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We are glad that you are with us today on the LeaderGov podcast. My name is Bill Stark, and I'm one of the cofounders of LeaderGov along with my partner, Tim Fenbert. And we have a great passion for helping local government agencies and those related to local government thrive and flourish and become whole and complete in the way we deal with each other. And in the way we get results for our constituents for our either for our staffs, within the cities and counties we serve, or to the public. And so it's our privilege, our honor to provide these podcasts to you we have a great speaker today, a guest Deke Copenhaver. And Deke is the former mayor of Augusta, Georgia. And I'll share just a bit of his bio in just a moment, and then we'll dig into some questions. Today's topic is about communication. As a leader, how should I how do I need to be communicating to constituents, to staff to subordinates to my peers, so that we can be effective and get things done? So deep? It's really great to have you with us today. Thank you so much for being with us. Well, Bill,
thank you so much for having me.
Yeah, yeah, I'll just read a bit of your bio here to bring everybody up to speed on who you are. 2005 to 2014, you were a tremendous catalyst for helping really transform Augusta, attracting businesses and spurring economic development there in the community. Amid some challenges and setbacks, we all know how that works in local government, tragedy and strife. indique really never lost hope. Instead, he's always been inspired to serve. Since the grassroot days of his campaign of hope and change to currently serving as the principal of Koppenhaver consulting. Deca remains committed to being a change maker, while helping others realize the potential they have to be leaders in their community and their lives. You've got a great background, I'll let you share a bit more of that. But I know you're an athlete, and a writer, and you've got a family and that you really about I think at the heart date, from what I know about your heart about caring for others, and developing others so they can be their best. And we're really just so pleased that you're with us today. And anything else you would share on your background, or we'll do today real quickly. We'd love love, love for you to share.
You know, I do executive coaching, I do keynote speaking, still writing. There are a lot of I have a podcast myself, the change maker podcast wrote a best selling book, the changemakers art of building better leaders. So I'm tell people, I'm still trying to figure out exactly what I want to do when I grow up.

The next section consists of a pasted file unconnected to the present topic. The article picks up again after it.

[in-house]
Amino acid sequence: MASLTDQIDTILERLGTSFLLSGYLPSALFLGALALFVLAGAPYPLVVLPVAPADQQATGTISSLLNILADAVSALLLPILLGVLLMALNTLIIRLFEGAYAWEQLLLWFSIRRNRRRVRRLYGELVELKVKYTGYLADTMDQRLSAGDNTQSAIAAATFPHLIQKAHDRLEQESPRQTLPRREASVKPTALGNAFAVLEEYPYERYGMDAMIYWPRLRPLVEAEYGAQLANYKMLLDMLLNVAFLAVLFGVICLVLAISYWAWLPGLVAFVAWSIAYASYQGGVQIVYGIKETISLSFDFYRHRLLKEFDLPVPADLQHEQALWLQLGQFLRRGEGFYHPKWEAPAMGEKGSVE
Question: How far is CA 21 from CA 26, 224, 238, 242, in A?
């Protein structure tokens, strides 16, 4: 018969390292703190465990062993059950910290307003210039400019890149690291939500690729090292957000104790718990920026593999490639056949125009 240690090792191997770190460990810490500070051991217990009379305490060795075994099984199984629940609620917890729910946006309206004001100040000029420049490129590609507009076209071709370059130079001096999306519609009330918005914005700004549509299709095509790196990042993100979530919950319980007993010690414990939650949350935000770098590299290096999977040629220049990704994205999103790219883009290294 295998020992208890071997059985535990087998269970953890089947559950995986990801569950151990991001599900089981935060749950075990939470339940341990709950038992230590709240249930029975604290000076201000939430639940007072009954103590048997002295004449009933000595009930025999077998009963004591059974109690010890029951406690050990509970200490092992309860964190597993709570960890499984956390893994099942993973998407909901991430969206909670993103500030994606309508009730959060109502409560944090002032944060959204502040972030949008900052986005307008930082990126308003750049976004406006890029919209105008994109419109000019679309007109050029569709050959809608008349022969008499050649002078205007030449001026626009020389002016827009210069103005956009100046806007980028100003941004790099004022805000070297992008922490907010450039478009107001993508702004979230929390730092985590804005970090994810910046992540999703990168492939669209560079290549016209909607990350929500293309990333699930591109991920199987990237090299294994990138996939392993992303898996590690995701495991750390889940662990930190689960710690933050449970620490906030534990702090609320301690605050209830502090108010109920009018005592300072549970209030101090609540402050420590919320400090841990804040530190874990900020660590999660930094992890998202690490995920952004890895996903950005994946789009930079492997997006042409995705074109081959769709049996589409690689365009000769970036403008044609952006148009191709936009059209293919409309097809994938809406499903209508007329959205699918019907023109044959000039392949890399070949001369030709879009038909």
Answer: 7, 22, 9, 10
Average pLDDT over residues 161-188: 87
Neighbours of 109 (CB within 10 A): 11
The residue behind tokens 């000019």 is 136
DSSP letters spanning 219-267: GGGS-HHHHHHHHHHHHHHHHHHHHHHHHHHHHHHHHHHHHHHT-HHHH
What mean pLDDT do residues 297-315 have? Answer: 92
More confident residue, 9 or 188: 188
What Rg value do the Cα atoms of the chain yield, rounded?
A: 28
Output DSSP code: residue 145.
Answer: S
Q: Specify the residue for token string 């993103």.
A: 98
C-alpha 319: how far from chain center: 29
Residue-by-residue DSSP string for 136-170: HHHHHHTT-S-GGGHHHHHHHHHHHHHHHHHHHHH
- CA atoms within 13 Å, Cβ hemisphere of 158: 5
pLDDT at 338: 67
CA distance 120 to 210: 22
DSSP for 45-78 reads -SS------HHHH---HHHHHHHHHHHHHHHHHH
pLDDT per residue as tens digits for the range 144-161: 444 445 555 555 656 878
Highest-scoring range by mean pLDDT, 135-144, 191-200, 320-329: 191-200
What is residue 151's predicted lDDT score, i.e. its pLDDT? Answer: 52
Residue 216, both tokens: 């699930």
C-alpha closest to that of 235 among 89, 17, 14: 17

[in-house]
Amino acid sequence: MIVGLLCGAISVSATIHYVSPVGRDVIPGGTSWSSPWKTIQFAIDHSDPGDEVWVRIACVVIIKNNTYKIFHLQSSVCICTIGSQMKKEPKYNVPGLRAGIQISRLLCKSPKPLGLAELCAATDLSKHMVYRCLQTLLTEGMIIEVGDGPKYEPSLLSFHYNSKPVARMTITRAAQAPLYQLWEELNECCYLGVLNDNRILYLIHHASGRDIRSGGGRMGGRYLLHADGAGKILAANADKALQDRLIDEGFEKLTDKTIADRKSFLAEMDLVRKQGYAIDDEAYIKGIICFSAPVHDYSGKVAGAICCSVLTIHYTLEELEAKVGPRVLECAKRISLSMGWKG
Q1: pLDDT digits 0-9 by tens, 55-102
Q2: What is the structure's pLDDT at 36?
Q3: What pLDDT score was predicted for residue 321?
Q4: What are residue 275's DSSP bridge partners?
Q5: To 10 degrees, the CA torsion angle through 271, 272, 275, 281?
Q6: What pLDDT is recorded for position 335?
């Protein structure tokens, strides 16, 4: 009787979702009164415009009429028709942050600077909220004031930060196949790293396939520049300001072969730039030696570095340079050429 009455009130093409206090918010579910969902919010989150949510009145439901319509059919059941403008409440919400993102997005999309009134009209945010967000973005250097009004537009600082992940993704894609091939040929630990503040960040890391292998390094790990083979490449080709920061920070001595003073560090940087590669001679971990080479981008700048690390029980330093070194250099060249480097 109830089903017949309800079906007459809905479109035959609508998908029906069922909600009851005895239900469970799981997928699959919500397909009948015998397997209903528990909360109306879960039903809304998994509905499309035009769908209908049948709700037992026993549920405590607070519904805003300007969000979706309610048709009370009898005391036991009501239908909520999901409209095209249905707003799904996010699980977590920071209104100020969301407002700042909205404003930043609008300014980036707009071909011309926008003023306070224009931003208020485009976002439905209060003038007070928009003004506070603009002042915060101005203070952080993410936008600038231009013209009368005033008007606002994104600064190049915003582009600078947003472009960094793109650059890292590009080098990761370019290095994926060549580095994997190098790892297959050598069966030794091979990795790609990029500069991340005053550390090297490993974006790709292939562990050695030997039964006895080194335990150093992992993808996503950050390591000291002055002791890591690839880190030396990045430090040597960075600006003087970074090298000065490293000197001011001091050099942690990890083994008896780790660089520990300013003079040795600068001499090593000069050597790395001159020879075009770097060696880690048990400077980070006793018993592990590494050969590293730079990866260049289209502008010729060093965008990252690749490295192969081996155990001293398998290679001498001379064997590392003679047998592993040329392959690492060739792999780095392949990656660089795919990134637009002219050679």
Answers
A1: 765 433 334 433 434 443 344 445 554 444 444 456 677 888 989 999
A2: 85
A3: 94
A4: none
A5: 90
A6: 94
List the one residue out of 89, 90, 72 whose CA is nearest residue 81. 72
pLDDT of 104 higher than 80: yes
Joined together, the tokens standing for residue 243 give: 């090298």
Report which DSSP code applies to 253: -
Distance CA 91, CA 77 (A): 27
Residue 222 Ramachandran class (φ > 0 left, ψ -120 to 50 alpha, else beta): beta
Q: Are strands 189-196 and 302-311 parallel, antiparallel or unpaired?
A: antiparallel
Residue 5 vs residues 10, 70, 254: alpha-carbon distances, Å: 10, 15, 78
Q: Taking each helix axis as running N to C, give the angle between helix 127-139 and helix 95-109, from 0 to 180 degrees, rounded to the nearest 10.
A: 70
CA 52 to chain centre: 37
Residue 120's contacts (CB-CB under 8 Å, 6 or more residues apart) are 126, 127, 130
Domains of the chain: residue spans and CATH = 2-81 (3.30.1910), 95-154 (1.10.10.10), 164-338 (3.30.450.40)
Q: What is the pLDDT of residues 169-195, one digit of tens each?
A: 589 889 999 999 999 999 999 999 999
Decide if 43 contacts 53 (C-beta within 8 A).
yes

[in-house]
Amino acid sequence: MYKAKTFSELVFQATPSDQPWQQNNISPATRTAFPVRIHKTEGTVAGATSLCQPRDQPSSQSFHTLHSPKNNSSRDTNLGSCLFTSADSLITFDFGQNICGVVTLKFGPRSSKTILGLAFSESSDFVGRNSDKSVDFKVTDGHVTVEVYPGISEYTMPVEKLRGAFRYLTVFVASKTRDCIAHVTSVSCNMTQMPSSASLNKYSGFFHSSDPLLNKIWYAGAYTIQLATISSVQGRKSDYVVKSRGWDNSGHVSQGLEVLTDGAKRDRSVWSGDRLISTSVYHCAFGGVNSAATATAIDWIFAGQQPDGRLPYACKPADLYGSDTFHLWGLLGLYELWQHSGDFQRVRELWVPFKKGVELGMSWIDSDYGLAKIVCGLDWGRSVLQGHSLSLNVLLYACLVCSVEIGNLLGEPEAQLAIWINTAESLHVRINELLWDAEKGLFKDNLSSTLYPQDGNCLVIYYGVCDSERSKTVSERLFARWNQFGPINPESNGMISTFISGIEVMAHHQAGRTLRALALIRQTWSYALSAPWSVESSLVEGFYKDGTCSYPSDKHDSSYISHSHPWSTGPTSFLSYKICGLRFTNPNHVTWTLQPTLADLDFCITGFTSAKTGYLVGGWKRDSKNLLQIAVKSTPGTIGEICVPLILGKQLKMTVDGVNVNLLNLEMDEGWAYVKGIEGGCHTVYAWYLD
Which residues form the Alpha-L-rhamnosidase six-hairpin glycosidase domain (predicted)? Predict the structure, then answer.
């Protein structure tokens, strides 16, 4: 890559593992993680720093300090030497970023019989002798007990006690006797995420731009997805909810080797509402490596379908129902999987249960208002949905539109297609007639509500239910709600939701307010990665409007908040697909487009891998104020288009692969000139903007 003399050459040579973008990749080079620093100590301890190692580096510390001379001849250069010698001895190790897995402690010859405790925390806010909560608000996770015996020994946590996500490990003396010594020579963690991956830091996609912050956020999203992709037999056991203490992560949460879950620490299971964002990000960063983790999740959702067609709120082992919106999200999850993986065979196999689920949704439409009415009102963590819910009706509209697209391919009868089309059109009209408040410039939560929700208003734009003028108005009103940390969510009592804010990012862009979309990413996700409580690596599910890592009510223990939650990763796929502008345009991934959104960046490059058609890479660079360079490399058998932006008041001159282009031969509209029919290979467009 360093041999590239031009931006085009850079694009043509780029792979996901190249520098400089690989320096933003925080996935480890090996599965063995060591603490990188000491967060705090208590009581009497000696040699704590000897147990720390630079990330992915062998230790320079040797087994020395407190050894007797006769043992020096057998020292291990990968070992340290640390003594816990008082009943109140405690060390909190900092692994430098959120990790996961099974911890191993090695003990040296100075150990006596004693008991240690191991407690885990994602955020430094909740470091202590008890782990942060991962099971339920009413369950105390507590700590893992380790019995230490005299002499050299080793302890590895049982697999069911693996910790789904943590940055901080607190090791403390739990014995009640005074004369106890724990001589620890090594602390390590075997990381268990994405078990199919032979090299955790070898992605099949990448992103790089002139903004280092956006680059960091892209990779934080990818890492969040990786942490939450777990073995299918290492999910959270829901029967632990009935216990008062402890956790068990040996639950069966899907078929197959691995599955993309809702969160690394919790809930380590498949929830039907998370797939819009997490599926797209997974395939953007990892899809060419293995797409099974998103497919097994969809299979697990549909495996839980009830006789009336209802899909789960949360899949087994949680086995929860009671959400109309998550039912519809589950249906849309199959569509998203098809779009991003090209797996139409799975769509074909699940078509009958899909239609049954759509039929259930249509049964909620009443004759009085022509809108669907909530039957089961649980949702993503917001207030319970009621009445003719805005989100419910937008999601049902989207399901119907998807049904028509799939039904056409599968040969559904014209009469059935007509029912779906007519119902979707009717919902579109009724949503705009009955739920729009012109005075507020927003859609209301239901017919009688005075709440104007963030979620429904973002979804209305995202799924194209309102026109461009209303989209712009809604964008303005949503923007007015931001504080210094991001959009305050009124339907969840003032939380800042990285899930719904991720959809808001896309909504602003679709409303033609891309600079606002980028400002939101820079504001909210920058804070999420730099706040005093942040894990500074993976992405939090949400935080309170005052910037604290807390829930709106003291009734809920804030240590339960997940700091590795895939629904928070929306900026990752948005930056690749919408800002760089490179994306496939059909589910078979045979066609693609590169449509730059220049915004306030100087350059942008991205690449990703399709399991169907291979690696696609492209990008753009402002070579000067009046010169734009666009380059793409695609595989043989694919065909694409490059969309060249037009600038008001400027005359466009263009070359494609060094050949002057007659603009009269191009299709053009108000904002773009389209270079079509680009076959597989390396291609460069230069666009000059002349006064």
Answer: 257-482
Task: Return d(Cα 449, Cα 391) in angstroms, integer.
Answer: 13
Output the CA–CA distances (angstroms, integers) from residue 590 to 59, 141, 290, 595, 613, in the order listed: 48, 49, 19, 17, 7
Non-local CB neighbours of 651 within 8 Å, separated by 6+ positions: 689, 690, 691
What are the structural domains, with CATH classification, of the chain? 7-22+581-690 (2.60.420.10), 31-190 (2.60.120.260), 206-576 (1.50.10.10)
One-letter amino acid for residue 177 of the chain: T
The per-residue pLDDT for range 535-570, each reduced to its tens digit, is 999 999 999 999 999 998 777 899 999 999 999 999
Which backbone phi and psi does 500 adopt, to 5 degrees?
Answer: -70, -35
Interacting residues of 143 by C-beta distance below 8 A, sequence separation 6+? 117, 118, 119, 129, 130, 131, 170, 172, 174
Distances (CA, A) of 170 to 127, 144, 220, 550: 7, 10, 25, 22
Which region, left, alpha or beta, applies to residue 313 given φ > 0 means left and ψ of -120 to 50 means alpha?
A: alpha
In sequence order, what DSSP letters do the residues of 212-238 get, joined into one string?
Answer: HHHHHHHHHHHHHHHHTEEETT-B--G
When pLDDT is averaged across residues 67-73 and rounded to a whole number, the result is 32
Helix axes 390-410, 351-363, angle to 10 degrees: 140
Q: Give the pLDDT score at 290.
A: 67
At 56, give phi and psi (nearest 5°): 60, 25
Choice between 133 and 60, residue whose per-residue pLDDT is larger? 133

That's good. Yeah, well, hey, thank you for being with us. And you know, give it us some insights. I know in your career, both your you know, non government life as well as your time in local government. You've learned a lot about communication, and this, this need to communicate well. And there's some things we need to do as leaders and just just, you know, for our for our listeners, we've got folks listening to this podcast, that are frontline supervisors and public works. We've got folks that are city and county manager, we have elected officials. We have Department of Finance Directors, you know, police chiefs, a whole assortment of local government. Folks, listen to the podcast. And I would just say for all of them, this topic of effective communication, and this is one of our workshops and our seven workshops. It is one of those golden threads that just goes through everything. And so we're really excited to touch on this today. Deca had some questions, I wanted to ask you to get your get you to comment and maybe share some of your experiences of local government. So just we'll just jump in, you know, Deke as, as leaders, you know, how should we be communicating, you know, to our teams, to our constituents? Because we're in this local government environment, right. There's a lot of scrutiny. And even beyond that, we're just we're on teams together. Like how, from your perspective, what are some of the the keys to successful communication, particularly in local government?
And transparency is definitely key. You know, I had an open door policy when I was in office, I didn't hide from the press or my elected colleague and just or, you know, or the constituents, anybody knew that if I was not in a meeting, you could come in my office last week, whatever you like. I think that's important. One of the keys that I found, though, too, is consistency. So whatever I communicated directly with my elected colleagues, I made sure to do it in a memory memorandum, that each of them got the same information. So it was not taught to say one thing to one person to another to another person. It's just that consistency is extremely important as well. But just making yourself available, constantly engaged at the grassroots level. And that way, you can keep your finger on the pulse of your community. But I think what I see a trap some elected officials or city employees fall into is if you get siloed, and you're not out there, you know, with the people you serve. And that can kind of be a dangerous position to be in.